Cleaning Tips for Your Kitchen

Probably the most important room in the house is the kitchen. According to recent tests some kitchen surfaces were found to contain more bacteria than the area around toilet seats. This may sound improbable, but look more closely at the average cleaning habits.

Bathrooms are normally cleaned using stronger cleaning agents, such as bleach, scouring powders, and etc. Whereas, kitchens, handle a variety of foodstuff and cross contamination is very easy to create.

Let’s not panic, there are a number of basic steps you can take to minimize any major hygiene problems within the average kitchen. They don’t have to cost a fortune, elbow grease and good cleaning routine will cure most problem areas.

Kitchen cloths: You know the type of cloth I’m talking about the blue or pink mesh clothes that normally come in a pack of 12. These little beasts are the biggest area for bacteria contamination in your kitchen.

Use your nose, smell the cloth, would you put it anywhere near your mouth? If the answer is no, then why are you using it on food preparation areas? Replace it at very regular intervals. You can help to reduce risk by placing the cloth flat out in a sink, pour a kettle of boiling water over the cloth, add a drop of bleach or washing up liquid and leave for approx half an hour, as suggested by domestic cleaning London experts. Don’t place your hand in the water before this time.

Tea-towels: As with dish clothes, too many people use the tea towels for too long. Treat yourself to at least six tea towels and change at very regular intervals. Once again your nose is probably the best guide. If it doesn’t smell fresh -it’s not!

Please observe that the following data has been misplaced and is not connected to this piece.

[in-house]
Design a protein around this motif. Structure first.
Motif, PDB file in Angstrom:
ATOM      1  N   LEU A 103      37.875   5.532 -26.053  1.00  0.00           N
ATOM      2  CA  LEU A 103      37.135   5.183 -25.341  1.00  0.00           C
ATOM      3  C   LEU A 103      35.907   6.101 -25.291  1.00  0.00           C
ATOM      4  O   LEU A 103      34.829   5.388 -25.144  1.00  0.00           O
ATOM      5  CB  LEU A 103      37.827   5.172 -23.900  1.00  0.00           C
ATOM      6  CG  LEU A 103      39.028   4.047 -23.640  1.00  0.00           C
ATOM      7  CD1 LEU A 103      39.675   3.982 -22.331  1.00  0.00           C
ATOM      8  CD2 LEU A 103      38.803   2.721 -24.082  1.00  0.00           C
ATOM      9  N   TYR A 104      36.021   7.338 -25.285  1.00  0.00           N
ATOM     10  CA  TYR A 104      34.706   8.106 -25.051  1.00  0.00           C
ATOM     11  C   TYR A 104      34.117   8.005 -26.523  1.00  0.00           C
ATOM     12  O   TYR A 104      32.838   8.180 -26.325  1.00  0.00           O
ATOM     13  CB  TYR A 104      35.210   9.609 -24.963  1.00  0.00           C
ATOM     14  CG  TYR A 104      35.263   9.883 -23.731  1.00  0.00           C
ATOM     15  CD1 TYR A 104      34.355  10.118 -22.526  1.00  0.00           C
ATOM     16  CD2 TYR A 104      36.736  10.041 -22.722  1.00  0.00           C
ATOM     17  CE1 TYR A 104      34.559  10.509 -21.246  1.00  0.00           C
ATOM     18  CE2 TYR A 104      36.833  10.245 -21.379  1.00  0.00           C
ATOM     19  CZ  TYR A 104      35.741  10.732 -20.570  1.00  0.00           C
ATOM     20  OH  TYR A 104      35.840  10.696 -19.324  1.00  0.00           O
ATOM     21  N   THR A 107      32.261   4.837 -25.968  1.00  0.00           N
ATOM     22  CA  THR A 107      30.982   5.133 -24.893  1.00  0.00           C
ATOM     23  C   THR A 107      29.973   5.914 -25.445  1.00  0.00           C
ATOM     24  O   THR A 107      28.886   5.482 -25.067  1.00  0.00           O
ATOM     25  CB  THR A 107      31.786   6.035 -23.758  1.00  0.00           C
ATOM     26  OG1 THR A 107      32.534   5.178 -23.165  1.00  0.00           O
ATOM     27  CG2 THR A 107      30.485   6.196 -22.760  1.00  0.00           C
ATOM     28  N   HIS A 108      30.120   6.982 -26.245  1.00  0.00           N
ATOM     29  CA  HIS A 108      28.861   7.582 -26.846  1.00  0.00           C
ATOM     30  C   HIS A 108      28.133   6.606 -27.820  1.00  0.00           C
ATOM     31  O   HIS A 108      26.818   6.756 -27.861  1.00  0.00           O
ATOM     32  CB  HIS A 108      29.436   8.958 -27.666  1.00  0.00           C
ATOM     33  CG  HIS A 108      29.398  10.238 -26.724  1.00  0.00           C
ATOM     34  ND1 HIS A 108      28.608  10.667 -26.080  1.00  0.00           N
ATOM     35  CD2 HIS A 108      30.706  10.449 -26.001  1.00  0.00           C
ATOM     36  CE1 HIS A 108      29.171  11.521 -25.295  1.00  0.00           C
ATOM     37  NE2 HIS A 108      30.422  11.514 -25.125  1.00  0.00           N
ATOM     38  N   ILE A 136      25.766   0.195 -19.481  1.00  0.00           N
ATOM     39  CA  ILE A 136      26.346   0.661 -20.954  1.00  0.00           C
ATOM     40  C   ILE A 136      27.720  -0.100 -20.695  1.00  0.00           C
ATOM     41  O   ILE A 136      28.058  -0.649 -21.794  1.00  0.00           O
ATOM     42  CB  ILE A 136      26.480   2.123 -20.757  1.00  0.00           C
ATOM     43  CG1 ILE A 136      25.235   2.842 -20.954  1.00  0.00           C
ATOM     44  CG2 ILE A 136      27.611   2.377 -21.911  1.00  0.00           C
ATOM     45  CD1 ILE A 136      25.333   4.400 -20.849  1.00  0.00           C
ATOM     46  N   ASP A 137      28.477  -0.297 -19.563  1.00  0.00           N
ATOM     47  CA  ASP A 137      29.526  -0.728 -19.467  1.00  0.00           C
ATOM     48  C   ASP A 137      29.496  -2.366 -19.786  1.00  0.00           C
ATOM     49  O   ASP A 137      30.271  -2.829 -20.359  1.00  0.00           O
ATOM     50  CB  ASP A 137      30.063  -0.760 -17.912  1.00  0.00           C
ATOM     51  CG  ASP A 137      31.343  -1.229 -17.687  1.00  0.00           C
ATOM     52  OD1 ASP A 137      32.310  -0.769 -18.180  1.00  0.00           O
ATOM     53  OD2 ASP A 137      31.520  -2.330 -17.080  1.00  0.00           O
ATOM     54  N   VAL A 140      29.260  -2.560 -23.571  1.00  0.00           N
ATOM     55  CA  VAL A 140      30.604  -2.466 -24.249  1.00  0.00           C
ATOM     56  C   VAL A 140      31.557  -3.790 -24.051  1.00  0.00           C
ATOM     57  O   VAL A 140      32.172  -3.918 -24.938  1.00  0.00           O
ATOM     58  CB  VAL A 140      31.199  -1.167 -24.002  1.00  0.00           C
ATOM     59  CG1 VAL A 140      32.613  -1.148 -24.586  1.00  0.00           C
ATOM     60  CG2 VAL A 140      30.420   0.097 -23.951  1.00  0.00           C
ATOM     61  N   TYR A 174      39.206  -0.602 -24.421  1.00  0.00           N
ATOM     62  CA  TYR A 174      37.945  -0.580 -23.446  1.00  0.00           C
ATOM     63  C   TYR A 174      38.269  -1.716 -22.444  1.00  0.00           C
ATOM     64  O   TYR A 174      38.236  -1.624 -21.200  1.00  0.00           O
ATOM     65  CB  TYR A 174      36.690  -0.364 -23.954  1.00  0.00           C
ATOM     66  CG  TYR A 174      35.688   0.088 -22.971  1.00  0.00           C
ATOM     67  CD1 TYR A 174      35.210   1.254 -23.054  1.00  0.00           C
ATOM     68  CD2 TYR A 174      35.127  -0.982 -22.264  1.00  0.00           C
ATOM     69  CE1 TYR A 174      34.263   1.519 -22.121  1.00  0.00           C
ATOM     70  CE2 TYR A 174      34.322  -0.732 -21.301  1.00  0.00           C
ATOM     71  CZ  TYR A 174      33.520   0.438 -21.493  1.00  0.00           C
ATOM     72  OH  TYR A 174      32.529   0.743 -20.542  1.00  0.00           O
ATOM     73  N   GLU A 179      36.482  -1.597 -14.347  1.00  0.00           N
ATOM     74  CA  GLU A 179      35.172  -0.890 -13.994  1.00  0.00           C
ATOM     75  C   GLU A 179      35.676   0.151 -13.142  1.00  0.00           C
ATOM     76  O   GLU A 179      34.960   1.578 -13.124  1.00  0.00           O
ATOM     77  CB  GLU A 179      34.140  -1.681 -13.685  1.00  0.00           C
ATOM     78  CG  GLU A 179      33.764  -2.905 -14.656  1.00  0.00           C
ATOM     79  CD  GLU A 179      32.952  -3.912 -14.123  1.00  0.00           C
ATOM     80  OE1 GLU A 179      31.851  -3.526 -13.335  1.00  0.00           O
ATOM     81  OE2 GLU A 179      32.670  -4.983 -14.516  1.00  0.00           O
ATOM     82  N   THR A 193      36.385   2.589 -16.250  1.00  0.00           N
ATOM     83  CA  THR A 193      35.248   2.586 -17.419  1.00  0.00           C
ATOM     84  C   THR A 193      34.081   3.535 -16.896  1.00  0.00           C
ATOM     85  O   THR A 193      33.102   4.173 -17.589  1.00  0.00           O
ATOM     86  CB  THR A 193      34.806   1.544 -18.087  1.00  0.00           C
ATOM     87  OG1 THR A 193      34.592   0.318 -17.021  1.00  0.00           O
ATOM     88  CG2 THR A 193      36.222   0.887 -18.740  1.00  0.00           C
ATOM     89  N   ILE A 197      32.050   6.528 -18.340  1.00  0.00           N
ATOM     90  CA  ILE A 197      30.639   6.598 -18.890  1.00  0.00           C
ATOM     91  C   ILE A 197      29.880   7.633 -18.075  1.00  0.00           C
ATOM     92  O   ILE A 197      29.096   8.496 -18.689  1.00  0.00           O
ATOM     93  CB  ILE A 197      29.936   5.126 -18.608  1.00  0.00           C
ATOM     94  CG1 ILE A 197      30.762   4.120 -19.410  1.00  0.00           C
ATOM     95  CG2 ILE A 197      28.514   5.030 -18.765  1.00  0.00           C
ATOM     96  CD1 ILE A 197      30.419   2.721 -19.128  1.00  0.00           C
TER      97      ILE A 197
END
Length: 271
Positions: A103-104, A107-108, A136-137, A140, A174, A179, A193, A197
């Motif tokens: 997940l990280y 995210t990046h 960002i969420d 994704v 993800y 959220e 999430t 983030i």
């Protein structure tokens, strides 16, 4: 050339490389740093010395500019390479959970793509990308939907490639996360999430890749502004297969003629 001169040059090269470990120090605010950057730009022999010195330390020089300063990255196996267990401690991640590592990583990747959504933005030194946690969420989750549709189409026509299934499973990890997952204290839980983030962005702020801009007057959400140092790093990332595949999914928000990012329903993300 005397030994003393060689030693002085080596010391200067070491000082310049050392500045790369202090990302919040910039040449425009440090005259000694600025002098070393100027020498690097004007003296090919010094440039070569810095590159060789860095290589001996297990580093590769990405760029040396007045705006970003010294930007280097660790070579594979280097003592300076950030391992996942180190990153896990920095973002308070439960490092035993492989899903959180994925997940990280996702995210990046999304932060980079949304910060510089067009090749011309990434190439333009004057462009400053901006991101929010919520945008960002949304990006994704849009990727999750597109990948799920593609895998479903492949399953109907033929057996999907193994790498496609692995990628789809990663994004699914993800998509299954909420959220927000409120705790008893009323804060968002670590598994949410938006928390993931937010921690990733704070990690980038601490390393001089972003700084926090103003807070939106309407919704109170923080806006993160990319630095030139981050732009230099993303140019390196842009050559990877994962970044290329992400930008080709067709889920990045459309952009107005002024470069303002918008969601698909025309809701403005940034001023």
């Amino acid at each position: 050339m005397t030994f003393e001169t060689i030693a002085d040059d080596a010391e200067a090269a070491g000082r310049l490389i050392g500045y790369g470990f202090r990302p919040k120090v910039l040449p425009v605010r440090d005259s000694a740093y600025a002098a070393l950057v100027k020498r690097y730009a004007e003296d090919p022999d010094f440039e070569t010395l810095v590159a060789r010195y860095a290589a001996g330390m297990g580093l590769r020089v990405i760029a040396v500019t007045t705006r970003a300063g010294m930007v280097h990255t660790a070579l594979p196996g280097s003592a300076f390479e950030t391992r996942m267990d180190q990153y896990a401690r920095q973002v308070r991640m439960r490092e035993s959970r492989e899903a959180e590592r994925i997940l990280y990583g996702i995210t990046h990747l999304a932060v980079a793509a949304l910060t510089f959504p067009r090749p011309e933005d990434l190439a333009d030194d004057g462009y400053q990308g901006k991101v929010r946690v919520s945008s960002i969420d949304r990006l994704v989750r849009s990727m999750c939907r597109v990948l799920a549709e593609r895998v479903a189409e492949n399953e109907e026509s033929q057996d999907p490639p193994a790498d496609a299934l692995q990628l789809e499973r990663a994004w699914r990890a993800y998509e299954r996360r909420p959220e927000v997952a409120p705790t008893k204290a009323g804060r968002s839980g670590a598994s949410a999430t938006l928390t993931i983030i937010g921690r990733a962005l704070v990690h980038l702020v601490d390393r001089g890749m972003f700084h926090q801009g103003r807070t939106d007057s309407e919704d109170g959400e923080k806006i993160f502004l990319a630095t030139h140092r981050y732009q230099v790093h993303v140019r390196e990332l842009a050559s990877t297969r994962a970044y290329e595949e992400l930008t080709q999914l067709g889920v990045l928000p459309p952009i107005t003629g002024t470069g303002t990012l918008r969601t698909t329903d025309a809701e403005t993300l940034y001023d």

Work-tops: The way tops are cleaned varies considerably, and is entirely dependent upon the finished surface. There are limitless cleaners on the market. As a rule of thumb, avoid abrasive cleaners for plastic based surfaces. Woods may only need a mild disinfected water and a minimal application of Danish oil or similar. Steel surfaces, again avoid abrasives they will cause deep scratches. You can cause very little harm with natural antiseptics such as a couple of tablespoons of vinegar in warm water. Whatever you decide to use – always read the instructions carefully.


October 18, 2012 | Author: | Posted in Cleaning

Author:

This author has published 221 articles so far. More info about the author is coming soon.

Leave a Reply

You must be logged in to post a comment.